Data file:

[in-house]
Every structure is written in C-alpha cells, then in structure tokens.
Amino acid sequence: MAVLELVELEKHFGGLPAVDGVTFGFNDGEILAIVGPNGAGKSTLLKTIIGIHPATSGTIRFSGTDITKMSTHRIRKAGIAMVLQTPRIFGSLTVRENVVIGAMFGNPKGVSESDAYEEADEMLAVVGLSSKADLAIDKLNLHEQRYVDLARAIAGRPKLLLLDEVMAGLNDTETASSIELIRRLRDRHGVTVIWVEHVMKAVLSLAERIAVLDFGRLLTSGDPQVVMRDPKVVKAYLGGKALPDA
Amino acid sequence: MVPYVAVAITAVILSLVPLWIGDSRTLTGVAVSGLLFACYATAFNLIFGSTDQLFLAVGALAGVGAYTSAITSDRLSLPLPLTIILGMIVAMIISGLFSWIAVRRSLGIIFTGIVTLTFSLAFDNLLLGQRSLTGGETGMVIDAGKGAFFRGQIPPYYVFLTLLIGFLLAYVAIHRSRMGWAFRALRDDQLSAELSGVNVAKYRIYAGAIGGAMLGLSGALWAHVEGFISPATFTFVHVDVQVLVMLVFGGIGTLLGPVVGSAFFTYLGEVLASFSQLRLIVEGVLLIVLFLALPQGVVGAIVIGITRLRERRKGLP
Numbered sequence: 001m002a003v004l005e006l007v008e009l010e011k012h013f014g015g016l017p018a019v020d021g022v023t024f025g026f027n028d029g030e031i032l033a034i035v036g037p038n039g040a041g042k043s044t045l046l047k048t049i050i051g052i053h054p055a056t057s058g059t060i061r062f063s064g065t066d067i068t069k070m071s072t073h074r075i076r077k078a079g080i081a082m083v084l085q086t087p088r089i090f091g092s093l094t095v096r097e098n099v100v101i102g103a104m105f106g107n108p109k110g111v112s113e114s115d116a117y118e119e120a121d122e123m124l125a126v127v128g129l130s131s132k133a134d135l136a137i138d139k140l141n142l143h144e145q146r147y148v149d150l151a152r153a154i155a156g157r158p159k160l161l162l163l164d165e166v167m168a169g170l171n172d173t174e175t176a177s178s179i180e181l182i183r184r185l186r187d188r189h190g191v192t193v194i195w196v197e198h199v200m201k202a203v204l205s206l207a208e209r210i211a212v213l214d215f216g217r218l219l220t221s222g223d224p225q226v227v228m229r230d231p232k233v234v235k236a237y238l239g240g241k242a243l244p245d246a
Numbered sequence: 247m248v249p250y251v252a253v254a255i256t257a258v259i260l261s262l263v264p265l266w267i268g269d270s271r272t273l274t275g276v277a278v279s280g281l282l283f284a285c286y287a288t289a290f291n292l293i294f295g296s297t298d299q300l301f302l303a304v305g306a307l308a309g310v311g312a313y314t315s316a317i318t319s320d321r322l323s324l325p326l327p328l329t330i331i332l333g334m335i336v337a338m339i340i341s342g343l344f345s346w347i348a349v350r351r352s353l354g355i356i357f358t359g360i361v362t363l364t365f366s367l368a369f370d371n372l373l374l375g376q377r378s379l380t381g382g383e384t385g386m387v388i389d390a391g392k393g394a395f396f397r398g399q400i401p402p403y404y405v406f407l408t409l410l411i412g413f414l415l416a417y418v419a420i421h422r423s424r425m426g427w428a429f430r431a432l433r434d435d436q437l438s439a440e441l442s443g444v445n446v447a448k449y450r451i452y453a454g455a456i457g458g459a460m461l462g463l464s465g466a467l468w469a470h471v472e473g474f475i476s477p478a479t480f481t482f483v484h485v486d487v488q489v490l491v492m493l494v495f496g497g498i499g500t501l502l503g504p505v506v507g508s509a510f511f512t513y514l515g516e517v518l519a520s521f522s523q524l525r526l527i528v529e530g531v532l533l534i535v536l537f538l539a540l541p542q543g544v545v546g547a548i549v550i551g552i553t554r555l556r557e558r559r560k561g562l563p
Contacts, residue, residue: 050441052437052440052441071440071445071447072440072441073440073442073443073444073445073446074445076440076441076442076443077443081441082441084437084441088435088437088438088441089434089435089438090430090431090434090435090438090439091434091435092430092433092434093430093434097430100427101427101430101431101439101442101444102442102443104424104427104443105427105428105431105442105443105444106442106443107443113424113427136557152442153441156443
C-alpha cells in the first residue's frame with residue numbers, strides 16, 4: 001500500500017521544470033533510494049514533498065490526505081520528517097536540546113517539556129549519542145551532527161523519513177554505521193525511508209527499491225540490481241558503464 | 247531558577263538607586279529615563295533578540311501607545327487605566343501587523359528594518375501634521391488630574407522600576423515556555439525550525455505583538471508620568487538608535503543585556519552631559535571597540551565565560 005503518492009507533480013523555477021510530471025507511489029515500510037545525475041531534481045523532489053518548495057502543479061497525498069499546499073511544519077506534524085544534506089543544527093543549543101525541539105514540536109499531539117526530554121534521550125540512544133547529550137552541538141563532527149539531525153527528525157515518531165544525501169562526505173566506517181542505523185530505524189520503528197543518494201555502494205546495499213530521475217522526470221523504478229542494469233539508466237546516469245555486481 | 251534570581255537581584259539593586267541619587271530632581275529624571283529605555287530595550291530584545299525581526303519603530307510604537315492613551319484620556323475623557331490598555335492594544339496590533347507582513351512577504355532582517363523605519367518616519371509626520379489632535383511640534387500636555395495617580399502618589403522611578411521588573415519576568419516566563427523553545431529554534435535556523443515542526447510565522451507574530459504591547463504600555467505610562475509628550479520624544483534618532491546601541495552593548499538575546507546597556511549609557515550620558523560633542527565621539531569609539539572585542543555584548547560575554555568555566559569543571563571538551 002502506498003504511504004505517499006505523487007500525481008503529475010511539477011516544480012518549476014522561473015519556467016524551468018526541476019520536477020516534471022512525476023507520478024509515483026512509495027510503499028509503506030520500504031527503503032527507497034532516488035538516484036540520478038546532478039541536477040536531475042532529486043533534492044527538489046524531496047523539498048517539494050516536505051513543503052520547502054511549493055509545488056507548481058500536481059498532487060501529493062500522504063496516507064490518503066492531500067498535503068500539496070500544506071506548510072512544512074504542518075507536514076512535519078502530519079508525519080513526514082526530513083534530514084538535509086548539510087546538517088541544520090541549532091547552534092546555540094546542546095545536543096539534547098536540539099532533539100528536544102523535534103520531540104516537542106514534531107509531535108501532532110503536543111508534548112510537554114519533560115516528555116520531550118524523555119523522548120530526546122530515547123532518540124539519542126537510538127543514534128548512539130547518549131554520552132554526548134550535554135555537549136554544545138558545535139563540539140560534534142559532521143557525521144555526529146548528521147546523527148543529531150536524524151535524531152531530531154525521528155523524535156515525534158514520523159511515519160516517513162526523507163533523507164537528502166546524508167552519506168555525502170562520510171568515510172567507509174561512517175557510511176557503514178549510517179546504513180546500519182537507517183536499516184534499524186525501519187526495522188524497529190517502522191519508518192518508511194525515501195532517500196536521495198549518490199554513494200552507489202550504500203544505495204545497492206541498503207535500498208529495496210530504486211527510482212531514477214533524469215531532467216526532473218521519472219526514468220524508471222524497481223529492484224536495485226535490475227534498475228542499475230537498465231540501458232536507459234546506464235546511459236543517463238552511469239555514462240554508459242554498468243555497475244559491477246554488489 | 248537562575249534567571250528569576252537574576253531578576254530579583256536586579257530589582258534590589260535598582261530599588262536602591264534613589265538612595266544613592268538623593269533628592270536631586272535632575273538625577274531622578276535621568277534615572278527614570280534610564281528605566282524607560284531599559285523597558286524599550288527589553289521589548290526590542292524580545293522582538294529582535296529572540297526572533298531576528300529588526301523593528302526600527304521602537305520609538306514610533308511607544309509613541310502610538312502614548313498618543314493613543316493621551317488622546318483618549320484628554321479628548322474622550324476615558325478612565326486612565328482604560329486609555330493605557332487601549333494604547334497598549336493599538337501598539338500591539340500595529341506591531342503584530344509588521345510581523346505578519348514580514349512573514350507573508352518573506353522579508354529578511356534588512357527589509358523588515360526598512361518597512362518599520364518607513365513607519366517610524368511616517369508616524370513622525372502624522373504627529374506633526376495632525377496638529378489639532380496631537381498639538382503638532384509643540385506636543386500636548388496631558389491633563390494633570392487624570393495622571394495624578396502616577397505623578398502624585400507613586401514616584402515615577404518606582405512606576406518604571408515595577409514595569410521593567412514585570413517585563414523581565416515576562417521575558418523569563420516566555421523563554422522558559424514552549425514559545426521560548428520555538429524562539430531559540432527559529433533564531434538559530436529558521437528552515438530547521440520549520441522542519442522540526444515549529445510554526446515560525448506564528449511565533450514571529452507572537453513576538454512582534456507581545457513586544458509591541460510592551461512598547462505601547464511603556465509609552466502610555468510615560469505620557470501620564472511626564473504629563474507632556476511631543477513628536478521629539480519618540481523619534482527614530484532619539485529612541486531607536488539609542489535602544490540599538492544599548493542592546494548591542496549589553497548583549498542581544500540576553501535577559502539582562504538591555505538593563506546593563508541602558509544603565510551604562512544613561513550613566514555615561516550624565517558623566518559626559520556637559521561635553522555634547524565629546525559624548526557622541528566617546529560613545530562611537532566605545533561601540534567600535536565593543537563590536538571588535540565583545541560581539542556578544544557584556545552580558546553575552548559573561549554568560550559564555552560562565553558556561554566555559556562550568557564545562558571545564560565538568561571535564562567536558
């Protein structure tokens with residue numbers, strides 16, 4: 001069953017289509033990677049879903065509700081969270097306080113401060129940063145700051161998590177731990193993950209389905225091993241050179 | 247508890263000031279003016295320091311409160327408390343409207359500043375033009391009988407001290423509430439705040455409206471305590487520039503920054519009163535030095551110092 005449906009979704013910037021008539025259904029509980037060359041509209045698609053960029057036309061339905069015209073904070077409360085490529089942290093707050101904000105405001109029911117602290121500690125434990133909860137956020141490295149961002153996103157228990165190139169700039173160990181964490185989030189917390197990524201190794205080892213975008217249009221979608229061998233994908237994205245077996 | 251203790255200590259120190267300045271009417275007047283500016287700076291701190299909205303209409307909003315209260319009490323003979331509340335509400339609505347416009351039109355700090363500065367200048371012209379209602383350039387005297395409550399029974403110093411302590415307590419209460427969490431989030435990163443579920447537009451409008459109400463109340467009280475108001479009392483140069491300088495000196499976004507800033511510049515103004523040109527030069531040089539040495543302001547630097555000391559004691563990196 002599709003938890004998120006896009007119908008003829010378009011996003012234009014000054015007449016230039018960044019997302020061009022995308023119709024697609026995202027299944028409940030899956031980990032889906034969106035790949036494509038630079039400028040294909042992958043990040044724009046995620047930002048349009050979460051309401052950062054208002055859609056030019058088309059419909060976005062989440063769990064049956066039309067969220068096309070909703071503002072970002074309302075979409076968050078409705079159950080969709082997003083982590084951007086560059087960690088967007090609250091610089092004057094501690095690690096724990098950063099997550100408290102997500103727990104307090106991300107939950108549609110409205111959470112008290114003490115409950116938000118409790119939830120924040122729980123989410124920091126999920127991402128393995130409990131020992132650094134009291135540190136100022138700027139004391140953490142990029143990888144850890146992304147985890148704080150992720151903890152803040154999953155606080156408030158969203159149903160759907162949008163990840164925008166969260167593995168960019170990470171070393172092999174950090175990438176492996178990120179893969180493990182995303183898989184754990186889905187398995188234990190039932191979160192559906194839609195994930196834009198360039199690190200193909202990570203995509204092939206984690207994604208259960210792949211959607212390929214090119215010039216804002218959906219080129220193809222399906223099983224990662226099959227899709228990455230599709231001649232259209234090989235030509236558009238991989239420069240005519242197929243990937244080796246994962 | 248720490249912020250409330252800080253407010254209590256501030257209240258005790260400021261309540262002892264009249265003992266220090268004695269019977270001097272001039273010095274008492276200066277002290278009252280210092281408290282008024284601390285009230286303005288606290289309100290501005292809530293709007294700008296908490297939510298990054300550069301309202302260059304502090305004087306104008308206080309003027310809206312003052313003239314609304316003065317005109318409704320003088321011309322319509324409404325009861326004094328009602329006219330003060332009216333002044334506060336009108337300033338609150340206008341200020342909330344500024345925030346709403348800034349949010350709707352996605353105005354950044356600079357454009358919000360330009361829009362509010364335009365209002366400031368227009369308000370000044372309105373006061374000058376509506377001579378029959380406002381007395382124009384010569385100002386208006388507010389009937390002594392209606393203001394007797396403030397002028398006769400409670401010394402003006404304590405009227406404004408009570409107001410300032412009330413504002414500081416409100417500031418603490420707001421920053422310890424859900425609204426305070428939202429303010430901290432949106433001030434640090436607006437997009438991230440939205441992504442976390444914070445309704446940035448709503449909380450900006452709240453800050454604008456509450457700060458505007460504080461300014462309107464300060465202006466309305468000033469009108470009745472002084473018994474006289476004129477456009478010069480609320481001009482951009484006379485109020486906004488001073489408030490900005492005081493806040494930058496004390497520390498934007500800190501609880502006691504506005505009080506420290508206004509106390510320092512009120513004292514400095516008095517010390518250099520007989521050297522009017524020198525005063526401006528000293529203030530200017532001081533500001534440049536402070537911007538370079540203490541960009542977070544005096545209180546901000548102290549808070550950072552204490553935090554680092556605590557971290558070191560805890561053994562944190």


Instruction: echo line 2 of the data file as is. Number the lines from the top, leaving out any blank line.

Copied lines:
Every structure is written in C-alpha cells, then in structure tokens.